Lots of thinking has gone into planning and resourcing the Edexcel Period Study: Super Power Relations and the Cold War 1941-91.
The rationale behind this comes straight from successful classroom practice.
The entire course has been structured around 10 core principles designed to support learning.
The Cold War course with fully resourced lesson enquiries has been created to increase engagement and motivation.
Download the SOW at the bottom of this page. It has been structured to make long, medium and short term planning easier.
Each enquiry provides access and challenge to all students across the ability range. The lessons encourage your classes to see the unfolding narrative of different events. They also encourage your students to think historically by building on best practice in the teaching of a number of the second order concepts. The focus is particularly on consequence, significance and analytical narrative.
The SOW also makes assessment workable and useful too.
Engagement and Motivation
When curiosity and fascination is caught, learning accelerates.
All students need to be engaged if they are to sustain the effort needed to embrace complex concepts and recall important detailed knowledge.
All of the enquiries here are built around the principles for success in the history classroom. The intention is to make history meaningful by focusing enquiries around personal stories, particular places or puzzles and problems to be solved. Early in the course the focus is on music:
- How much can the song, Stalin wasn’t stalling reveal to us about who really won WW2?
- Was OMD’s 1980 hit Enola Gay right about the dropping of the A bomb?
MAKING PLANNING EASIER
This Edexcel Period Study Cold War course has been planned to ensure that all of the content from the specification is covered.
Lots of thinking has gone into each of the enquiry questions that have been used to plan the course. They are vital to shape the learning journey go in the direction it goes in.
This Period Study follows the assessment focus given by Edexcel for this particular unit. The specification states:
Students will be assessed on their knowledge and understanding. Questions will target: consequence; significance (of specified events in relation to situations and unfolding developments); and analytical narrative (requiring students not only to describe what happened, but also to analyse events to find connections that explain the way in which events unfolded).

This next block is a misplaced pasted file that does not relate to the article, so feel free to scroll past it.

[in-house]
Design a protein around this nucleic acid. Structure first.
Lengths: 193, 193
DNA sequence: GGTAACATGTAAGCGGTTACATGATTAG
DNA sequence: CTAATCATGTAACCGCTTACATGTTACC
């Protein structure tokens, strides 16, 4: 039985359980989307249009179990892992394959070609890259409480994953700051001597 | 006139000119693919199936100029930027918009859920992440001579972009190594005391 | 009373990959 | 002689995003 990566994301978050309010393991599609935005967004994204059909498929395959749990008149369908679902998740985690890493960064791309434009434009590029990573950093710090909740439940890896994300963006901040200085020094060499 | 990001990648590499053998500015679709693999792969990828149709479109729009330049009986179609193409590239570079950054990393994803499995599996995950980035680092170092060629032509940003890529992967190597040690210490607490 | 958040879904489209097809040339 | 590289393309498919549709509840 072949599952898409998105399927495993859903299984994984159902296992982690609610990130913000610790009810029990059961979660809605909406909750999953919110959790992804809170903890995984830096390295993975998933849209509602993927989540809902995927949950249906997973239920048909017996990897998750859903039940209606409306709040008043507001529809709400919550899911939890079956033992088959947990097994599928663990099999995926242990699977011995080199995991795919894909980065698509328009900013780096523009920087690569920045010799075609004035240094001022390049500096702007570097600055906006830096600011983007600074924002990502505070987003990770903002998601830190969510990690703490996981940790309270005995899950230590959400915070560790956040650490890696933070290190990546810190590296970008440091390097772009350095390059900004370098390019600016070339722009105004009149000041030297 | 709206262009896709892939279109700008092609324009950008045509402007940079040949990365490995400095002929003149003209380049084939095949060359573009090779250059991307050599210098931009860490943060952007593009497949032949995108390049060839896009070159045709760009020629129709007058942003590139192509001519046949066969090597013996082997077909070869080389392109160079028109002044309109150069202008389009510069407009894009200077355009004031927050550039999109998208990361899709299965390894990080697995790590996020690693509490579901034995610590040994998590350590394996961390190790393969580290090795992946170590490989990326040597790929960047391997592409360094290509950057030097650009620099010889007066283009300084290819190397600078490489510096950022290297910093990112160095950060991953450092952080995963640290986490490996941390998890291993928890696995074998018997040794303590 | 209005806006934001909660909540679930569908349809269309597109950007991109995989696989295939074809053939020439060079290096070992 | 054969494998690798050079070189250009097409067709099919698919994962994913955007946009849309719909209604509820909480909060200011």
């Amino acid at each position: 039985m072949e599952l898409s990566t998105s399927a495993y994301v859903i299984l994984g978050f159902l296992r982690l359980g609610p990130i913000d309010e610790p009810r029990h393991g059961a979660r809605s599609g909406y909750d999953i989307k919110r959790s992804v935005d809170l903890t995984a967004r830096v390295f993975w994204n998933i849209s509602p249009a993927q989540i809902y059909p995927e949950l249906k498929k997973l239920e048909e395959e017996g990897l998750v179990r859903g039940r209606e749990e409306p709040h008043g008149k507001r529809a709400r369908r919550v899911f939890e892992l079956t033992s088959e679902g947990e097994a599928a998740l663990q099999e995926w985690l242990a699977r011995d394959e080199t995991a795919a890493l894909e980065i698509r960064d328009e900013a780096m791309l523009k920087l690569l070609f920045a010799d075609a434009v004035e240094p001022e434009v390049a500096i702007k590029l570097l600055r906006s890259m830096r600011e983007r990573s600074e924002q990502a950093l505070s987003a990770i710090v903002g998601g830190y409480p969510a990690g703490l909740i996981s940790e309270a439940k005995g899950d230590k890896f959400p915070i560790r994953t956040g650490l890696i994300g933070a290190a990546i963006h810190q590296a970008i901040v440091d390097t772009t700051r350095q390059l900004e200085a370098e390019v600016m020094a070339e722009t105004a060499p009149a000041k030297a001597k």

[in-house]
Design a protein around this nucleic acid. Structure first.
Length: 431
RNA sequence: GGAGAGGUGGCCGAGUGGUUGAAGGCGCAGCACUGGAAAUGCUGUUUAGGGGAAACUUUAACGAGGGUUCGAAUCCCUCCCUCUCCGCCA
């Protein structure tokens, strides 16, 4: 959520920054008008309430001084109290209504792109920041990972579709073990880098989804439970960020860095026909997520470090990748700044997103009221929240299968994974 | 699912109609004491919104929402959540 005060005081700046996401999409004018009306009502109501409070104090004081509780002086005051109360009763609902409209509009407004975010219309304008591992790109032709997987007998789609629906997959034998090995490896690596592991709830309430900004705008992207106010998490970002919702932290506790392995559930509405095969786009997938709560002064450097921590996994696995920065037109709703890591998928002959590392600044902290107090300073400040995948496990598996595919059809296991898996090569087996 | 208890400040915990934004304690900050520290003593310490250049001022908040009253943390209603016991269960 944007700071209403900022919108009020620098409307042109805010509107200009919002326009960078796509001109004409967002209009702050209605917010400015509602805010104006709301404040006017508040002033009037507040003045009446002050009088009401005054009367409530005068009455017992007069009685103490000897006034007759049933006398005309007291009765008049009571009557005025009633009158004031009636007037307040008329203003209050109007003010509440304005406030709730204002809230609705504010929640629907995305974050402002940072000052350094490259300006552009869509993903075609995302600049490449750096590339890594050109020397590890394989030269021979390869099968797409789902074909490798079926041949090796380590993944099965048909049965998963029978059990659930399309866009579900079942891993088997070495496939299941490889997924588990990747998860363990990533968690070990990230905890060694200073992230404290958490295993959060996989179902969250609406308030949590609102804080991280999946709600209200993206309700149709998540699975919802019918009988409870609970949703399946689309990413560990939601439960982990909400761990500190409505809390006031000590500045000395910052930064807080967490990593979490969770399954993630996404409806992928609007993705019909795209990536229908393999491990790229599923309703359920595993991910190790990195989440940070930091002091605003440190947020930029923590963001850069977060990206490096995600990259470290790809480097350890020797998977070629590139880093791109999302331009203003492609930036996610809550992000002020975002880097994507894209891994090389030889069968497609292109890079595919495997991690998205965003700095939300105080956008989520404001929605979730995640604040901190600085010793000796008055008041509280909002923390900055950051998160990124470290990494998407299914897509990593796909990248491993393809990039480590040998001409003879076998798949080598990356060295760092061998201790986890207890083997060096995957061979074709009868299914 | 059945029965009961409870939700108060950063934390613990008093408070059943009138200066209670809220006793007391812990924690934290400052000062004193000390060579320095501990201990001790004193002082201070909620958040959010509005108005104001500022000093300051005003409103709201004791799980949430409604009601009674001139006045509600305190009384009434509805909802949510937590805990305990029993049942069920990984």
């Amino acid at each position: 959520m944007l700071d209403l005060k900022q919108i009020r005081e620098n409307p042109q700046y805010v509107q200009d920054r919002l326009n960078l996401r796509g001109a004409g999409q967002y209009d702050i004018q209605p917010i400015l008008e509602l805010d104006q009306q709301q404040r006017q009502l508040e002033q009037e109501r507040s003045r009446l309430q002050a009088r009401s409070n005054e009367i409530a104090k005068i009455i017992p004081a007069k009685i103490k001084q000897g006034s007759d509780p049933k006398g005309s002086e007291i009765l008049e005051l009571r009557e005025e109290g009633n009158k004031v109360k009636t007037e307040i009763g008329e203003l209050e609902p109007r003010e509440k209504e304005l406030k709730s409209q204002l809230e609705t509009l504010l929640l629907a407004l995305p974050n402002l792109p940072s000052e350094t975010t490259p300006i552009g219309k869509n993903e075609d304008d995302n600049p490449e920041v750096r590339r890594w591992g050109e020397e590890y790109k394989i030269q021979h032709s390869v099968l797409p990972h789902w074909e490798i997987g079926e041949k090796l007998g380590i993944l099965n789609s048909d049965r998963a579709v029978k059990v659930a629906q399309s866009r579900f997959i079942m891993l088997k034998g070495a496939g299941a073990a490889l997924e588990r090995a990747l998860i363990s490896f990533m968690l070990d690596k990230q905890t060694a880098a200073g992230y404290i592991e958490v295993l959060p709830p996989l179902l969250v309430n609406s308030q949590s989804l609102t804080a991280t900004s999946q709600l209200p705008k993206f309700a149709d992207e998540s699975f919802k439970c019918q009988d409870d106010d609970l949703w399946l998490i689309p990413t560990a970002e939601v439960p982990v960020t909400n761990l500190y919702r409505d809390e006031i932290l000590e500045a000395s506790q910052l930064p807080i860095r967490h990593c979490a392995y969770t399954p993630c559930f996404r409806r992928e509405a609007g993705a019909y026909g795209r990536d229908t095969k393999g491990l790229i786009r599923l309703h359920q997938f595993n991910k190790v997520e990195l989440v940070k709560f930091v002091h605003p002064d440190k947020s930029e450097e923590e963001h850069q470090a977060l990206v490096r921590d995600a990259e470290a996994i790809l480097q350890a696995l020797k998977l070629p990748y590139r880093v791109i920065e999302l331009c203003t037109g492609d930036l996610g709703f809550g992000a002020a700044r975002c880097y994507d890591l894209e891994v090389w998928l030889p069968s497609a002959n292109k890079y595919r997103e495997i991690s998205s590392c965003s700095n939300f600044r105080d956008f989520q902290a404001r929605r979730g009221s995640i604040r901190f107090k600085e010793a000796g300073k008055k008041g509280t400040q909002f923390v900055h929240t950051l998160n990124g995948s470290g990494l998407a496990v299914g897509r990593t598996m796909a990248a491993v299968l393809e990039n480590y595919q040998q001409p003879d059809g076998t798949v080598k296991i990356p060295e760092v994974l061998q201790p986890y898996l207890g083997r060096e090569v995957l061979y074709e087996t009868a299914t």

Once the engaging start has hooked students in, the carefully planned sequence of steps are used to gather the evidence needed to answer the big question.
Nearly every enquiry concludes with a worthwhile and significant outcome. This end product pulls the learning together and allows students to join up their thinking.
This scheme models the types of exam questions that are assessed in the Period Study. They are scattered carefully throughout this course. They have been used pragmatically to avoid ‘death by exam question.’
There is good of coverage given to the ‘narrative account’ style question, which in many ways is counter-intuitive to the history teacher who takes an enquiry based approach. For more advice on this read this article.
The end products are purposely varied and designed to make history meaningful.
ACCESS AND CHALLENGE
It is clear that the 9-1 GCSE courses are more challenging than ever. More content needs to be recalled and the exam questions appear to be harder than before. There is an awful lot of content to cover in this unit that in all reality should only take 12 weeks to teach.
What with E:BACC and the Progress 8 measures, more students than ever are being asked to study history. This has to be a good thing. However, if a GCSE course is too difficult this could have a negative impact on motivation and behaviour for some individuals.